5. I have given a careful consideration to the argument of the learned counsel and final a force in it. The Act provides three types of arbitrations, first, arbitration without intervention of a Court, secondly, arbitration with intervention of a Court where there is no suit pending and thirdly, arbitration in suits. The first type of arbitration is provided in Chap. II (Sections 3 to 19), the second type in Chapter III (Section 20) and the third type in Chapter IV (Sections 21 to 25). It is not disputed in the present case that the matter was referred to arbitration under Section 20 which is a part of Chapter III. The section does not provide that the Court while referring a case to the Arbitrator should specify the matter in difference between the parties. While making a reference to the Arbitrator in suits Section 23 is applicable. It provides that the Court shall refer to the Arbitrator the matter in difference which he is required to determine. No such provision has been made in Section 20 of the Act. It is well settled that the provisions of Section 23 cannot be imported in arbitration proceedings referred to under Section 20. In the said view I am fortified by the observations of Dua, J., (as he then was) in State of Himachal Pradesh v. Lal Roshan Lal Kuthiala, (1963) 65 Pun LR 318. The learned Judge held that Section 23 0ocurring as it does in Chap. IV of Arbitration Act, applies only to arbitration in suits and not to arbitration with the intervention of a Court where no suit is pending. Therefore in my view the Court could not set aside the award on the ground that no points were framed for determination of the Arbitrator by the Court when the matter was referred to him by it. Section 30 contains the ground for setting aside the award. The Court has, however: not decided the other objections filed by the respondents. Consequently, I accept the revision petition, set aside the impugned order and remand the case to the Subordinate Judge for deciding the other objections. The costs in the revision petition shall be the costs in the cause. The parties are directed to appear in the Subordinate Court on February 15, 1980.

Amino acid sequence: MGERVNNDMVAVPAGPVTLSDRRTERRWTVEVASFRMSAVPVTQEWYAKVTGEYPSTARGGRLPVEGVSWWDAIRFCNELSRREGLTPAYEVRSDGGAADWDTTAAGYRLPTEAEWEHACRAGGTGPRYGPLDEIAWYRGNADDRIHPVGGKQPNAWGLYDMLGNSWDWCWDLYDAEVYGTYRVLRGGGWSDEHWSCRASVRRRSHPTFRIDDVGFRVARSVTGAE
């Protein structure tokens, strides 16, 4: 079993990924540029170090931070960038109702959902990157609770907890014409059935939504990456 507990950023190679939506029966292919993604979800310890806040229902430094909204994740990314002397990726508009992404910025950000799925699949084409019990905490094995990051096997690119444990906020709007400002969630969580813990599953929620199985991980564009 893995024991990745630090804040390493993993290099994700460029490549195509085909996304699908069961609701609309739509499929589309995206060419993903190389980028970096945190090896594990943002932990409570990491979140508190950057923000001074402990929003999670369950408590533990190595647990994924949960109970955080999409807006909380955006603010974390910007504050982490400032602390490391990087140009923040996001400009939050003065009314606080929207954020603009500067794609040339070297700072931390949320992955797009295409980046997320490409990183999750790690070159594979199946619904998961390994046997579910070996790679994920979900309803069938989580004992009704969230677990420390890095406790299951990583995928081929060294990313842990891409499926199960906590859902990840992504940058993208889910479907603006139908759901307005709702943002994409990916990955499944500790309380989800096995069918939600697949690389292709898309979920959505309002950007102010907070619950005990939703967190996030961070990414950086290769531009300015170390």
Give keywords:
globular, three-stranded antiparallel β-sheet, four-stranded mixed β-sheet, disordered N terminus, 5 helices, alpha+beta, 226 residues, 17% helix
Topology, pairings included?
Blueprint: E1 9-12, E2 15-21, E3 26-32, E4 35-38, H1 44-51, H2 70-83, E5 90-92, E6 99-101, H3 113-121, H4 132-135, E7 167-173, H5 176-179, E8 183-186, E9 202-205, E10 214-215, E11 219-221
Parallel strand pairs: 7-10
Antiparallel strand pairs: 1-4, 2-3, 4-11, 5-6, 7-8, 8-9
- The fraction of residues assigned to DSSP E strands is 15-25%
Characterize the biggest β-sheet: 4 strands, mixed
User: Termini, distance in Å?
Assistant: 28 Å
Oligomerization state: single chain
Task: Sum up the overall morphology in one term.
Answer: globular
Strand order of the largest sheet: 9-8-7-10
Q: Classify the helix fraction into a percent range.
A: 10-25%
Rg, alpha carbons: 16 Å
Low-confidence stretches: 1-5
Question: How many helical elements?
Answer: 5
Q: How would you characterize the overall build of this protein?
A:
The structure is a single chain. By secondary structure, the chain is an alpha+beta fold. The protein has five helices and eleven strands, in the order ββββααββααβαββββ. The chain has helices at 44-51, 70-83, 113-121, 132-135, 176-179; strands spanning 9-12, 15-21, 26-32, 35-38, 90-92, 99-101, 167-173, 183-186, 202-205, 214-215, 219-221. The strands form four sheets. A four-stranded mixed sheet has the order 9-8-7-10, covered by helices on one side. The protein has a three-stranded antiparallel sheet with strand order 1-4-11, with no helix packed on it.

6. Petition allowed.